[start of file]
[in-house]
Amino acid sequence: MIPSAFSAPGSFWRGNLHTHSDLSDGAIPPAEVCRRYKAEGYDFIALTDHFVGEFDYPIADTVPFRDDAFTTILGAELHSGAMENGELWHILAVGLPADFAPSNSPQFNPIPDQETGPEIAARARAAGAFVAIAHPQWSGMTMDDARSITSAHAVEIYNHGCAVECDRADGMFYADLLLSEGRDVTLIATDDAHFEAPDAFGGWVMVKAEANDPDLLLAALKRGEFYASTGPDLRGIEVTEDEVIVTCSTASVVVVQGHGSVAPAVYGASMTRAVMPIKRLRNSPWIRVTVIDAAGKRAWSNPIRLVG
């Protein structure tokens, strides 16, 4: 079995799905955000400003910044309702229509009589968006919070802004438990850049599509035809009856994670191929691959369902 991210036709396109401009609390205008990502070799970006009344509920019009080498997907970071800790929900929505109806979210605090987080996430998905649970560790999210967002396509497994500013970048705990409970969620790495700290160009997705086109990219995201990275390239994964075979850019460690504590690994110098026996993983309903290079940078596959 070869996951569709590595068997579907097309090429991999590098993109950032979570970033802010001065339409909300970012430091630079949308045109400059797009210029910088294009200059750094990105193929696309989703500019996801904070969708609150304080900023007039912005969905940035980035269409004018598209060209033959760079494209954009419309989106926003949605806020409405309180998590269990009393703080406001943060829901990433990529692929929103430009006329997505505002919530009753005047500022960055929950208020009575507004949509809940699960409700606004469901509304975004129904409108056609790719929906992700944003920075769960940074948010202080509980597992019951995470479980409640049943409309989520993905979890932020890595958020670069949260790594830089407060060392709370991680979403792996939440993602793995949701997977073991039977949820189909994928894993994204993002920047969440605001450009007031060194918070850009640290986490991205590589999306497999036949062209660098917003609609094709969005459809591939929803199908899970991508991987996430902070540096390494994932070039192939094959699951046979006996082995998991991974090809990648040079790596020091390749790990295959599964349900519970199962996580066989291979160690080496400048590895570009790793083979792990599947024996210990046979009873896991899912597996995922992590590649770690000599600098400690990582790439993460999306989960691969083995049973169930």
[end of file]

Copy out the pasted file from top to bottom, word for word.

[in-house]
Amino acid sequence: MIPSAFSAPGSFWRGNLHTHSDLSDGAIPPAEVCRRYKAEGYDFIALTDHFVGEFDYPIADTVPFRDDAFTTILGAELHSGAMENGELWHILAVGLPADFAPSNSPQFNPIPDQETGPEIAARARAAGAFVAIAHPQWSGMTMDDARSITSAHAVEIYNHGCAVECDRADGMFYADLLLSEGRDVTLIATDDAHFEAPDAFGGWVMVKAEANDPDLLLAALKRGEFYASTGPDLRGIEVTEDEVIVTCSTASVVVVQGHGSVAPAVYGASMTRAVMPIKRLRNSPWIRVTVIDAAGKRAWSNPIRLVG
């Protein structure tokens, strides 16, 4: 079995799905955000400003910044309702229509009589968006919070802004438990850049599509035809009856994670191929691959369902 991210036709396109401009609390205008990502070799970006009344509920019009080498997907970071800790929900929505109806979210605090987080996430998905649970560790999210967002396509497994500013970048705990409970969620790495700290160009997705086109990219995201990275390239994964075979850019460690504590690994110098026996993983309903290079940078596959 070869996951569709590595068997579907097309090429991999590098993109950032979570970033802010001065339409909300970012430091630079949308045109400059797009210029910088294009200059750094990105193929696309989703500019996801904070969708609150304080900023007039912005969905940035980035269409004018598209060209033959760079494209954009419309989106926003949605806020409405309180998590269990009393703080406001943060829901990433990529692929929103430009006329997505505002919530009753005047500022960055929950208020009575507004949509809940699960409700606004469901509304975004129904409108056609790719929906992700944003920075769960940074948010202080509980597992019951995470479980409640049943409309989520993905979890932020890595958020670069949260790594830089407060060392709370991680979403792996939440993602793995949701997977073991039977949820189909994928894993994204993002920047969440605001450009007031060194918070850009640290986490991205590589999306497999036949062209660098917003609609094709969005459809591939929803199908899970991508991987996430902070540096390494994932070039192939094959699951046979006996082995998991991974090809990648040079790596020091390749790990295959599964349900519970199962996580066989291979160690080496400048590895570009790793083979792990599947024996210990046979009873896991899912597996995922992590590649770690000599600098400690990582790439993460999306989960691969083995049973169930």